Love of Learning

My daughters have a love of learning.

Shawna has been out of public school the longest, (since 11/04) after being in from K through half of the 4th grade. Like my other two, between the foster care system and the public school system, she pretty much had all the creativity and curiousity sucked out of her.

I'm starting to see a light shining in her eyes.

She's starting to get interested in why things happen and how things came to be the way they are and why something is done the way it's done.

Her passion for horses has taken her through more books (fiction and non) than I can count. She's learning to ride, groom and train horses with one of our homeschooling friends, who has also brought Shawna to horse sales and seminars.
I see her enjoying games and puzzles for the strategy and brain exercise rather than the winning or finishing.

She loves being free to learn.

I think it starts with me not wanting to be their "teacher". When people think homeschooling, they imagine the mom as they would imagine a teacher. While that may work for some, it doesn't work for all and it certainly doesn't work for me. Having the mindset of teacher and student sets up a relationship I don't want with my kids. I want them to know their interests are valid and I don't ever want to have to say, "no, you can't watch that bird build it's nest, I'm teaching you adverbs right now!"

Sandra Dodd has a page on "teaching vs. learning" and this is a quote from that page: ""Teach" has inherently negative connotations. The word "teach" is a verb which places the teacher in the active role (subject) and the student in the passive (object). It implies through the grammatic structure of any statement made using the word, that the teacher is doing the work and the student is merely acted upon. Whereas the word "learn" makes the student the subject of the statement rather than the object. He is doing the work, not merely being the passive recipient of another's knowledge."

Jacqueline has been out of school the shortest (since 4/05) but also spent the least amount of time in (K and almost all of 1st grade). It took a little while but her spark is back, full speed ahead. :-)

This is not a child that you say "you'll learn that when you're older" to. Don't tell her to choose another book because that one is going to be to hard for her. She doesn't even consider that a topic may be to advanced for her.

She been learning about the solar system for the past few months, seeking out most of the information on her own. She copied a list of books from online and speaks to the librarians about it when we go to the library. We bought
Earth & Space and it always has a book mark somewhere in it to keep her place as she reads through the entire book. She asked Billy if he would help her make a solar system mobile for her room this weekend.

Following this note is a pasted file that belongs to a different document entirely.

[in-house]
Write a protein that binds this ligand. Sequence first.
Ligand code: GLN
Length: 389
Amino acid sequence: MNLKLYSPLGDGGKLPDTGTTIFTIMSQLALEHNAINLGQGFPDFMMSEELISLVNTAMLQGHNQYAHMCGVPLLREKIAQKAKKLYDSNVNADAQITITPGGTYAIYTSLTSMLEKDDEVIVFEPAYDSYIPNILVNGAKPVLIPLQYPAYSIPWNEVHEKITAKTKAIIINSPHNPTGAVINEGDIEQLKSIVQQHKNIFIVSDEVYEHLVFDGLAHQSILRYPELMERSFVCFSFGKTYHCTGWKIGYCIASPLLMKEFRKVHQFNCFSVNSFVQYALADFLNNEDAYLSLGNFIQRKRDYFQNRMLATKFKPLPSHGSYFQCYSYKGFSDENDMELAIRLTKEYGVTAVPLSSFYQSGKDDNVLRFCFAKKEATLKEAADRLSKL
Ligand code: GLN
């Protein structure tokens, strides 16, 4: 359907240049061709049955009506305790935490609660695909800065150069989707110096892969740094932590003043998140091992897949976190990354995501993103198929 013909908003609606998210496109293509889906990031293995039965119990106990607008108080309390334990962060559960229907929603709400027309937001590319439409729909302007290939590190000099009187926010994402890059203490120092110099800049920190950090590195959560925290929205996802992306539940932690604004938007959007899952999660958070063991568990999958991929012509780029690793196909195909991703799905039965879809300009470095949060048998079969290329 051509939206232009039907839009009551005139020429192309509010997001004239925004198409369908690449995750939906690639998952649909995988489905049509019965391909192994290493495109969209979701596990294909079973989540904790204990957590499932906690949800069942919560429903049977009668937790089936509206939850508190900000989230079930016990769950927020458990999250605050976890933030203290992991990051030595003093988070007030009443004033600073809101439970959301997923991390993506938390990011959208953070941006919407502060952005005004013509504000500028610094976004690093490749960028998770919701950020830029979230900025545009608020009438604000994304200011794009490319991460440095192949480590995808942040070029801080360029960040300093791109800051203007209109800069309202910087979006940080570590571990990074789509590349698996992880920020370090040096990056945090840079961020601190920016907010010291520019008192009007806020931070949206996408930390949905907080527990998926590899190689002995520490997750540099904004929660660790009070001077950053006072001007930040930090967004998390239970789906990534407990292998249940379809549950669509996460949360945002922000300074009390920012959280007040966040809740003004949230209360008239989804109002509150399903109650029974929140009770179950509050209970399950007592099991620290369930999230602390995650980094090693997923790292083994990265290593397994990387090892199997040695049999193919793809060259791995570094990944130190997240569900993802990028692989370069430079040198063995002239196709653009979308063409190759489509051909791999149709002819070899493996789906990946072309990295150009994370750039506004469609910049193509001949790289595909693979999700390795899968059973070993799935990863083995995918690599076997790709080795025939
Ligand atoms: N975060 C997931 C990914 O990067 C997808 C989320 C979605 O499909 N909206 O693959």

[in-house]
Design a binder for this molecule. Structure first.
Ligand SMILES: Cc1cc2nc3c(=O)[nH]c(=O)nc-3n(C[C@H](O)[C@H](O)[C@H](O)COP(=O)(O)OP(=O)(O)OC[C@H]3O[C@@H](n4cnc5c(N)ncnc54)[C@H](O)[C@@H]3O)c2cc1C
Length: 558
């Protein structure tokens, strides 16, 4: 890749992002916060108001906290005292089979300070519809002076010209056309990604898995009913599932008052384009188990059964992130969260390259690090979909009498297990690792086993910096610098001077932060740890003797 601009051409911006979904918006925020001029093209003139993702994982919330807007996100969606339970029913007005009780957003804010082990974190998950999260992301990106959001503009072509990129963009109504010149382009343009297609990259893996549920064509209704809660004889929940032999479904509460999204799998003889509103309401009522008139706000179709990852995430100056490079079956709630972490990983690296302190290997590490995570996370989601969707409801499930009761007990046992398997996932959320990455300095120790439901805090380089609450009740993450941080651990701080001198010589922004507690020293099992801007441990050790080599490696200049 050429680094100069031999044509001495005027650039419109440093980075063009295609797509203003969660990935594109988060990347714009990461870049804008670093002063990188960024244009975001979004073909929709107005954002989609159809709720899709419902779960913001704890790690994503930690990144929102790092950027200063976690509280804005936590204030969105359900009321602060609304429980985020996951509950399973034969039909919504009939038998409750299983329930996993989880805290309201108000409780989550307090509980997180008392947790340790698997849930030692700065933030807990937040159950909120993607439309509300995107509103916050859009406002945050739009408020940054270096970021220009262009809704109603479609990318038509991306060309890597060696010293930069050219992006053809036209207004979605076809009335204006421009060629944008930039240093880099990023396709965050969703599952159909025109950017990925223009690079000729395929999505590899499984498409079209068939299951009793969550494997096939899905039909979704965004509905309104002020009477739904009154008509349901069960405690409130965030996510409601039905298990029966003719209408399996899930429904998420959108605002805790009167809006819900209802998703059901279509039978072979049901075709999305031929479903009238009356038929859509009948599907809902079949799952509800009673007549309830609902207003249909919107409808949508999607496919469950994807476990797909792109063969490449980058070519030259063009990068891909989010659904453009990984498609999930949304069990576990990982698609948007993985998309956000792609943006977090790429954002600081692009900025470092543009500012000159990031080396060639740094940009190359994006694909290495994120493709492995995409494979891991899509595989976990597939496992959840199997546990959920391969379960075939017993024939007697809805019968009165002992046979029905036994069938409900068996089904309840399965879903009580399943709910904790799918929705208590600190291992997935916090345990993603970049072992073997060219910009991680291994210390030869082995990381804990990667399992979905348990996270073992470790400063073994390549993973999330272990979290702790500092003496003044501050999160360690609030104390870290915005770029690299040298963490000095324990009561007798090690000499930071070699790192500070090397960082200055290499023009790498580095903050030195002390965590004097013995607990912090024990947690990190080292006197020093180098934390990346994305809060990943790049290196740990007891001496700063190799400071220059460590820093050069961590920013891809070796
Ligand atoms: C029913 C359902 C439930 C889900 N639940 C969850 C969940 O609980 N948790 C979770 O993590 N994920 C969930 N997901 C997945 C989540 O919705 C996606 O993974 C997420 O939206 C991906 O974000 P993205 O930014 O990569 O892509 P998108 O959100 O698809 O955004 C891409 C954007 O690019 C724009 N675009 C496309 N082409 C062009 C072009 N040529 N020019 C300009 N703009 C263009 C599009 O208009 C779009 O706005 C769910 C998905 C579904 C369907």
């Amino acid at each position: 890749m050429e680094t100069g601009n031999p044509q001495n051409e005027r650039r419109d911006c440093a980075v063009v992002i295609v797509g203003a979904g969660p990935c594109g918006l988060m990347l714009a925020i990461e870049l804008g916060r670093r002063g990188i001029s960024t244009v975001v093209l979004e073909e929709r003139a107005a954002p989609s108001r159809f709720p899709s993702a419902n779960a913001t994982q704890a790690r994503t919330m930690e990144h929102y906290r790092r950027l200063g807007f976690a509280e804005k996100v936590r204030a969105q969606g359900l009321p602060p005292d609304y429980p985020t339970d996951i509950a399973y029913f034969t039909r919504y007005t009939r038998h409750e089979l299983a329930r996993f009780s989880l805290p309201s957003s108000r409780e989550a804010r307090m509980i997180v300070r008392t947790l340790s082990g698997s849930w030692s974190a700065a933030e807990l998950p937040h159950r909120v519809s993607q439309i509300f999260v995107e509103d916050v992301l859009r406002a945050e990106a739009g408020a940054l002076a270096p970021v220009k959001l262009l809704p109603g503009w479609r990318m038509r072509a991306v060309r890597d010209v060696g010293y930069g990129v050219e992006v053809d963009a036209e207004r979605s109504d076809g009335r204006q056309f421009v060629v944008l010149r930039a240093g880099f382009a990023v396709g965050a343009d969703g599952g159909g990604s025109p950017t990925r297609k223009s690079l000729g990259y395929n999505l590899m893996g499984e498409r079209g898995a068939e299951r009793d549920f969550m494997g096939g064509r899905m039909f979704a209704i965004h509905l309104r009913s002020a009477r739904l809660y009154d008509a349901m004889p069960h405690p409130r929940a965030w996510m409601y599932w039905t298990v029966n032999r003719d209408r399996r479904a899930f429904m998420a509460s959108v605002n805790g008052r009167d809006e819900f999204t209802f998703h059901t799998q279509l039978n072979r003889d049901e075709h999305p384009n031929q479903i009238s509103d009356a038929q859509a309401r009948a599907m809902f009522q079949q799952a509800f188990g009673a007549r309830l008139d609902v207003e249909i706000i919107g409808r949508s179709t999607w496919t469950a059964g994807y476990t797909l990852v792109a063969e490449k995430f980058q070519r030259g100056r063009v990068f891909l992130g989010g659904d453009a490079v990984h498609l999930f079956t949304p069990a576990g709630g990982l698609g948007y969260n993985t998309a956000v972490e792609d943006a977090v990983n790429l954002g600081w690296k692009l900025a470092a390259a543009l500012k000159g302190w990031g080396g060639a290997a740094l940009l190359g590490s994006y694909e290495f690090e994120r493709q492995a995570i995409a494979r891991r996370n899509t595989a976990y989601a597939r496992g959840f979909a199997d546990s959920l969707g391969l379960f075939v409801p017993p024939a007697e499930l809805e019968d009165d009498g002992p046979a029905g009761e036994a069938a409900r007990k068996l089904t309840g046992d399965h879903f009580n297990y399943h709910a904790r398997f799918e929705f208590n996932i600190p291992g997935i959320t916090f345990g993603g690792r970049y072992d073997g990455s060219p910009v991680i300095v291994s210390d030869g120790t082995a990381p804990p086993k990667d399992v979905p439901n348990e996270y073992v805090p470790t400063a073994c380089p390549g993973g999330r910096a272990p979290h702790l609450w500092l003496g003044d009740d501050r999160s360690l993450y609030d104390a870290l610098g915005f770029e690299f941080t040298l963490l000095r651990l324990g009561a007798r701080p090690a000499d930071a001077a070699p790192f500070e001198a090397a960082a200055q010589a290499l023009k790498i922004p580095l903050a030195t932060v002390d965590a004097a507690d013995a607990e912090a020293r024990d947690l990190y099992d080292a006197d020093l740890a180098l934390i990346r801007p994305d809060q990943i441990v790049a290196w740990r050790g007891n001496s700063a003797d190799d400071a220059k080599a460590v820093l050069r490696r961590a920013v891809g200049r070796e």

All on her own. She's not doing this for a grade or because it's the week of March 14th and that means it's the week to learn about it.

She also wanted to learn Italian. I know quite a bit (being Italian on both sides) and I picked up a few books at a flea market that she's been reading. As she's learning more and more words, she will frequently ask for things or answer a question in Italian.

I also want to be a role model for them. I want them to see me learning, either along side them or on my own. They see me reading and borrowing books from the library. They see me research topics on the internet. They see me interested and learning about growing vegetables and fruit trees. They see me being interested in the life around me.

The whole world opened up to them to day I removed them from public school...

and they're loving it! :-)

*this post has been moved up from the archives*


JoVE said...

That sounds fabulous and I can easily imagine how you feel watching it open up for them like that. You are clearly doing something right!

Homeschool Mami said...

Watching the world open up to your kids is possibly the most personally satisfying aspect of homeschooling.

FatcatPaulanne said...

Cool! Don't you just love to see that spark!

Danielle's Daily life said...

I always wondered-
If you can't use the word "teach" or "teacher"-
Suppose your child, out of the blue, wants to take a class of interest, like gymnastics or art. The class has a teacher. What do you call him or her?

Joanne said...

Keep in mind, nobody said you 'can't' use the word. In that "teach vs. learn" statement, Sandra was trying to make people see things a different way (which she does so well).

Jacqueline & Shawna both take gymnastics and we call their instructor by their first name.

Danielle's Daily life said...

I know you would call them by their names while talking to them. But when not talking to them, and referring to them (talking about them), then what would they be called? After I asked that question, I thought instructor would be the closest replacement word, but doesn't it seem like it'd be the same thing?

Joanne said...

Oh! LOL I get your question now. I guess it would depend on what they were. Like gymnastics, I think they refer to them as their coach. In Girl Scouts, it's their troop leader. I guess if they were to take a class of some sort, it would be instructor or teacher.